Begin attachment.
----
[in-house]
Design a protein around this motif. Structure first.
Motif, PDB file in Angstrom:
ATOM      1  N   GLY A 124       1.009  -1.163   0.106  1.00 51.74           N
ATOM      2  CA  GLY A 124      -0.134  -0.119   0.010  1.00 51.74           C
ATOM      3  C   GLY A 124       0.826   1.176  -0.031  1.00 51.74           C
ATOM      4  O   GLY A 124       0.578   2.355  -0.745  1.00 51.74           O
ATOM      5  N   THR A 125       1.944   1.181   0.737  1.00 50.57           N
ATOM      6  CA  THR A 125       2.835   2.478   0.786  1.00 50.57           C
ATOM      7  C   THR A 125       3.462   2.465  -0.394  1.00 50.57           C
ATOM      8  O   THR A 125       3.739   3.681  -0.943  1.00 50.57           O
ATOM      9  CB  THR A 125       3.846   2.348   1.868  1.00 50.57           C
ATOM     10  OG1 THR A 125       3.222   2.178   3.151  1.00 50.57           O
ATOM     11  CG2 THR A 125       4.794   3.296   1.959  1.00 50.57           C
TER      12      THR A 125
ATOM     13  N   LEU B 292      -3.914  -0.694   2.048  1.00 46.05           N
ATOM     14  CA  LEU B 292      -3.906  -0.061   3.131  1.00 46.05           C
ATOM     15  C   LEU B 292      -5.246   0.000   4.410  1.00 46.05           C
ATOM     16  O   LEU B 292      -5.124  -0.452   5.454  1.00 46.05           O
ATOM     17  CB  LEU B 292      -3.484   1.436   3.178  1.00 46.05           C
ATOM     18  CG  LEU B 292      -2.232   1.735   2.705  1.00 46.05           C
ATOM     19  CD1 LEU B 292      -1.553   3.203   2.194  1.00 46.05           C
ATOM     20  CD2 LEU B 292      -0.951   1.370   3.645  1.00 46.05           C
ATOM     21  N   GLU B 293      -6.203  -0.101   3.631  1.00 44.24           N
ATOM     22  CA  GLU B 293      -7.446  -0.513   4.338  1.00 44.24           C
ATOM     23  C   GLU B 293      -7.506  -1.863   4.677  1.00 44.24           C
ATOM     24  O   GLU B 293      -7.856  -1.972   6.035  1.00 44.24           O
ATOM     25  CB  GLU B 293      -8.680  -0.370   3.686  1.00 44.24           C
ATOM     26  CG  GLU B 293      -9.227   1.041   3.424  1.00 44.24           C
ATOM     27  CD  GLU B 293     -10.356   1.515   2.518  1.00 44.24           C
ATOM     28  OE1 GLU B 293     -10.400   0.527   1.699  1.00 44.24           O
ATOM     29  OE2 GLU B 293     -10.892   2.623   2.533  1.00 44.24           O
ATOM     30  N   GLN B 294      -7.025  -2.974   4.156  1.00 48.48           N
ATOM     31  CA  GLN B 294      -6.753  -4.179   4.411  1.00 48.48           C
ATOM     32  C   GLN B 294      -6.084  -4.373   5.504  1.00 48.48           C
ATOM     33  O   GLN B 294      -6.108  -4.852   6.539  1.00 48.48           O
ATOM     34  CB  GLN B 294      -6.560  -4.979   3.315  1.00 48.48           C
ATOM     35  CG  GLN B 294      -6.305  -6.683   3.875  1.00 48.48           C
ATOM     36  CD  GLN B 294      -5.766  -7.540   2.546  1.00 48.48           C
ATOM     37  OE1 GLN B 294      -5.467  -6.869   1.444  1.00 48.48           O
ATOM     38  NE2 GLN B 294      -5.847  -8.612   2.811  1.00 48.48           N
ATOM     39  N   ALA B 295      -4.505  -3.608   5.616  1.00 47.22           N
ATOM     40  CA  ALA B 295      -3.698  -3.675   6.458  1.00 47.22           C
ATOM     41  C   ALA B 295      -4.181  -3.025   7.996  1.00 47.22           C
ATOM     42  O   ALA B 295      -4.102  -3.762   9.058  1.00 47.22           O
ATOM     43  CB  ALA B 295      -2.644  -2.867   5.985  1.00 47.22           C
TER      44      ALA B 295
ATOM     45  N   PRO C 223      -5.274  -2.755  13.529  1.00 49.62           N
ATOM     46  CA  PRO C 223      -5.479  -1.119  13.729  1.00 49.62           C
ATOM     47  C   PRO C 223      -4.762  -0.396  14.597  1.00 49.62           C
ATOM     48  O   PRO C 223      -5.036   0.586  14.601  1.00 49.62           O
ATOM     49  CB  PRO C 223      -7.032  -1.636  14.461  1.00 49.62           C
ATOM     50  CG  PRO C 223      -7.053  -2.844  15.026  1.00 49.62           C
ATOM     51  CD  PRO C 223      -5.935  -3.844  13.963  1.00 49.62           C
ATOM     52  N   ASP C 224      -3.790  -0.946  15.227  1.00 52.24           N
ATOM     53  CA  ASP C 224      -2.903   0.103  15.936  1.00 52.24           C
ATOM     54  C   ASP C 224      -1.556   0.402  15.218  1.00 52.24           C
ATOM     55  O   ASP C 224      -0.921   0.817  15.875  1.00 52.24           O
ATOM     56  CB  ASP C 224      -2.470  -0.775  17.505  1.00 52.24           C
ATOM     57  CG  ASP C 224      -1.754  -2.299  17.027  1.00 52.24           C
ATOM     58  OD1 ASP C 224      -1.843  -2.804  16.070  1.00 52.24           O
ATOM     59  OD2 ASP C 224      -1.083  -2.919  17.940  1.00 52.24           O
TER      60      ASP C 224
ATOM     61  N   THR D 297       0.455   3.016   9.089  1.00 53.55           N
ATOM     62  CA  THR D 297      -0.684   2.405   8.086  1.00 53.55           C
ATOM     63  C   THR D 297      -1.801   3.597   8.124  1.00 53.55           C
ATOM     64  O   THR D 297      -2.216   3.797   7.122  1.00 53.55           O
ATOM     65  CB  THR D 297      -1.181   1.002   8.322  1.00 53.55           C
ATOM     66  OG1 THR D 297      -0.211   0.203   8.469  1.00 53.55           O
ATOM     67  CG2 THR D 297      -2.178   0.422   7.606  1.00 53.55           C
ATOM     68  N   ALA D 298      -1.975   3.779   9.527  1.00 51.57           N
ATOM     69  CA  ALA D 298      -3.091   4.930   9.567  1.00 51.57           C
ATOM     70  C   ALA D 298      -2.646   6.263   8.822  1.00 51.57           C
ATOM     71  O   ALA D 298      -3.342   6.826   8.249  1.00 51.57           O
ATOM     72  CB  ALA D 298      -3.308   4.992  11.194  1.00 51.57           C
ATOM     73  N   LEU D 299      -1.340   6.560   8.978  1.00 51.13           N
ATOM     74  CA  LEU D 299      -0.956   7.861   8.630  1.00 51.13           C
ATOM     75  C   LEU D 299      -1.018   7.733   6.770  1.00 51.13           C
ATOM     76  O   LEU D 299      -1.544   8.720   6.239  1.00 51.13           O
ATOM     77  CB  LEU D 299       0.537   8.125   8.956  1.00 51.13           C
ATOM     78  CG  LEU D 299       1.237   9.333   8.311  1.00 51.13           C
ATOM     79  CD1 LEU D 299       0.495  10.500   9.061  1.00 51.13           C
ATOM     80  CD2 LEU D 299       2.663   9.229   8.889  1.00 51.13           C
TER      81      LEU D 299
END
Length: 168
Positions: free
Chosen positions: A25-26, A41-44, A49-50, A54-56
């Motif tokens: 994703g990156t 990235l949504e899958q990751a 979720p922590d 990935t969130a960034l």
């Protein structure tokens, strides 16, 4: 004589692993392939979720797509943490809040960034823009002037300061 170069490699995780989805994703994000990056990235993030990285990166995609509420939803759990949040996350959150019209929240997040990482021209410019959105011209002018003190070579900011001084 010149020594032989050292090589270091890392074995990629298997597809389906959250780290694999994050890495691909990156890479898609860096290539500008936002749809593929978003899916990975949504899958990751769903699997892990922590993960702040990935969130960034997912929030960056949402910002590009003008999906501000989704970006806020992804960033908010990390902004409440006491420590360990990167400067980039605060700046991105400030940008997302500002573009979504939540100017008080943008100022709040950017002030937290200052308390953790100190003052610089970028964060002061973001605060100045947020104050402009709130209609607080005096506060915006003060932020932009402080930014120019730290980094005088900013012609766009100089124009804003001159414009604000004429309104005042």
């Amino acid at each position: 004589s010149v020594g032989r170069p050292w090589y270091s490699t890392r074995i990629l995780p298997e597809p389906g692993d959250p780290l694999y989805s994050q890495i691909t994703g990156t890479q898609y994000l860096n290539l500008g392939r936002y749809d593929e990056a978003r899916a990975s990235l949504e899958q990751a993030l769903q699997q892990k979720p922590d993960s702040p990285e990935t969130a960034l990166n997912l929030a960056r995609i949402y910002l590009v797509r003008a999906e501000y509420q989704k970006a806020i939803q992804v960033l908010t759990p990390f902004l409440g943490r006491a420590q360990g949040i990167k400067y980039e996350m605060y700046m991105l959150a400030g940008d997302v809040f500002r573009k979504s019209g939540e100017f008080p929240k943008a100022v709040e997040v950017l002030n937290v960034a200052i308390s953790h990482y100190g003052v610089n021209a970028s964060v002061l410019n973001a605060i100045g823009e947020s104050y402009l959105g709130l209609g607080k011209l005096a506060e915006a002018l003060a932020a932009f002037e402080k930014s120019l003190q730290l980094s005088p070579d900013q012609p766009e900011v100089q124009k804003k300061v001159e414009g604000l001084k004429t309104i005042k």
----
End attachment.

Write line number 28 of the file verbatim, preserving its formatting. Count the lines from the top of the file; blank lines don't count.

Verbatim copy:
ATOM     25  CB  GLU B 293      -8.680  -0.370   3.686  1.00 44.24           C